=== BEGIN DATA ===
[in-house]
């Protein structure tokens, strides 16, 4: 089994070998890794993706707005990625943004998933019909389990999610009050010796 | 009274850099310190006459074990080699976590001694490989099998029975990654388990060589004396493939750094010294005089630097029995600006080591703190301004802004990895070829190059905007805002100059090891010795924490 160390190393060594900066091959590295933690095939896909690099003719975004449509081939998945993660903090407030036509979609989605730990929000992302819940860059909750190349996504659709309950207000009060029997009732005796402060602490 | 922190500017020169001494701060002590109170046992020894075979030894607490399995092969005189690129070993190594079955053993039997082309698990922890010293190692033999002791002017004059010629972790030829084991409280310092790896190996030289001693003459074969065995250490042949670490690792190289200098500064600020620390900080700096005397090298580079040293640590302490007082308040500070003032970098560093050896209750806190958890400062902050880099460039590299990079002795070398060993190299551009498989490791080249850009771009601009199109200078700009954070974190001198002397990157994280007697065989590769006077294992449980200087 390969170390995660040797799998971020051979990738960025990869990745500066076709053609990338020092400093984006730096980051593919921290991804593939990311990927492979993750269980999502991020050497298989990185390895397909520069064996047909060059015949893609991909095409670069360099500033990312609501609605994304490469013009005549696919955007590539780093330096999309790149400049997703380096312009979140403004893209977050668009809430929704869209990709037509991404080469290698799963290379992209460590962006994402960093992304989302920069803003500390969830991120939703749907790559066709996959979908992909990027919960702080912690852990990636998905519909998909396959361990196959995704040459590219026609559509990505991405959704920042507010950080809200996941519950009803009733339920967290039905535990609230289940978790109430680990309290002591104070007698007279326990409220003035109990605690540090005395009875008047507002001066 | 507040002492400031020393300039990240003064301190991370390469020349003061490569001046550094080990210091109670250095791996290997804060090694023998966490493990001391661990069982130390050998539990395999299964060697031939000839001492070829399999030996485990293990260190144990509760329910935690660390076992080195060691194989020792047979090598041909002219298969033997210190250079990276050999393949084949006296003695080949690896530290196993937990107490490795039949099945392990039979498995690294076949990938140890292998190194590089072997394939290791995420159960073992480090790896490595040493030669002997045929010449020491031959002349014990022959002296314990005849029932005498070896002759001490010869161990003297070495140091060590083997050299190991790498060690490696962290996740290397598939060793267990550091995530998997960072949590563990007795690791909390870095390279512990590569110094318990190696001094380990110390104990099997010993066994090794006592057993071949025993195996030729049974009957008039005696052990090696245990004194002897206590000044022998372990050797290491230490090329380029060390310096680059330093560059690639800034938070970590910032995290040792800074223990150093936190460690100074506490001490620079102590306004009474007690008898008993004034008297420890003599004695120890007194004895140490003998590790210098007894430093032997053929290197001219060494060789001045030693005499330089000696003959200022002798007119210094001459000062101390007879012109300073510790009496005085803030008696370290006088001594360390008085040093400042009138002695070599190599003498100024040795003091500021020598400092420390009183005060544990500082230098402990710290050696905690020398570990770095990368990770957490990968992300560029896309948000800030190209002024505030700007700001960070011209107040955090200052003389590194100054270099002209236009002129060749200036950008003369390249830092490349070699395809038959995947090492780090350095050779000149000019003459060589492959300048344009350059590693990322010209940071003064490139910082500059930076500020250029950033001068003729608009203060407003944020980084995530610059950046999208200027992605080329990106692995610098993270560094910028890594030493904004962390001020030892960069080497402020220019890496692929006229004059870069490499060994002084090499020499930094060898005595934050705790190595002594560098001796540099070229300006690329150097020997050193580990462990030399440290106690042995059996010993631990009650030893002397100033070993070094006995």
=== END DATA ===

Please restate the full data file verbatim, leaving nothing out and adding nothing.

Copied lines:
[in-house]
């Protein structure tokens, strides 16, 4: 089994070998890794993706707005990625943004998933019909389990999610009050010796 | 009274850099310190006459074990080699976590001694490989099998029975990654388990060589004396493939750094010294005089630097029995600006080591703190301004802004990895070829190059905007805002100059090891010795924490 160390190393060594900066091959590295933690095939896909690099003719975004449509081939998945993660903090407030036509979609989605730990929000992302819940860059909750190349996504659709309950207000009060029997009732005796402060602490 | 922190500017020169001494701060002590109170046992020894075979030894607490399995092969005189690129070993190594079955053993039997082309698990922890010293190692033999002791002017004059010629972790030829084991409280310092790896190996030289001693003459074969065995250490042949670490690792190289200098500064600020620390900080700096005397090298580079040293640590302490007082308040500070003032970098560093050896209750806190958890400062902050880099460039590299990079002795070398060993190299551009498989490791080249850009771009601009199109200078700009954070974190001198002397990157994280007697065989590769006077294992449980200087 390969170390995660040797799998971020051979990738960025990869990745500066076709053609990338020092400093984006730096980051593919921290991804593939990311990927492979993750269980999502991020050497298989990185390895397909520069064996047909060059015949893609991909095409670069360099500033990312609501609605994304490469013009005549696919955007590539780093330096999309790149400049997703380096312009979140403004893209977050668009809430929704869209990709037509991404080469290698799963290379992209460590962006994402960093992304989302920069803003500390969830991120939703749907790559066709996959979908992909990027919960702080912690852990990636998905519909998909396959361990196959995704040459590219026609559509990505991405959704920042507010950080809200996941519950009803009733339920967290039905535990609230289940978790109430680990309290002591104070007698007279326990409220003035109990605690540090005395009875008047507002001066 | 507040002492400031020393300039990240003064301190991370390469020349003061490569001046550094080990210091109670250095791996290997804060090694023998966490493990001391661990069982130390050998539990395999299964060697031939000839001492070829399999030996485990293990260190144990509760329910935690660390076992080195060691194989020792047979090598041909002219298969033997210190250079990276050999393949084949006296003695080949690896530290196993937990107490490795039949099945392990039979498995690294076949990938140890292998190194590089072997394939290791995420159960073992480090790896490595040493030669002997045929010449020491031959002349014990022959002296314990005849029932005498070896002759001490010869161990003297070495140091060590083997050299190991790498060690490696962290996740290397598939060793267990550091995530998997960072949590563990007795690791909390870095390279512990590569110094318990190696001094380990110390104990099997010993066994090794006592057993071949025993195996030729049974009957008039005696052990090696245990004194002897206590000044022998372990050797290491230490090329380029060390310096680059330093560059690639800034938070970590910032995290040792800074223990150093936190460690100074506490001490620079102590306004009474007690008898008993004034008297420890003599004695120890007194004895140490003998590790210098007894430093032997053929290197001219060494060789001045030693005499330089000696003959200022002798007119210094001459000062101390007879012109300073510790009496005085803030008696370290006088001594360390008085040093400042009138002695070599190599003498100024040795003091500021020598400092420390009183005060544990500082230098402990710290050696905690020398570990770095990368990770957490990968992300560029896309948000800030190209002024505030700007700001960070011209107040955090200052003389590194100054270099002209236009002129060749200036950008003369390249830092490349070699395809038959995947090492780090350095050779000149000019003459060589492959300048344009350059590693990322010209940071003064490139910082500059930076500020250029950033001068003729608009203060407003944020980084995530610059950046999208200027992605080329990106692995610098993270560094910028890594030493904004962390001020030892960069080497402020220019890496692929006229004059870069490499060994002084090499020499930094060898005595934050705790190595002594560098001796540099070229300006690329150097020997050193580990462990030399440290106690042995059996010993631990009650030893002397100033070993070094006995």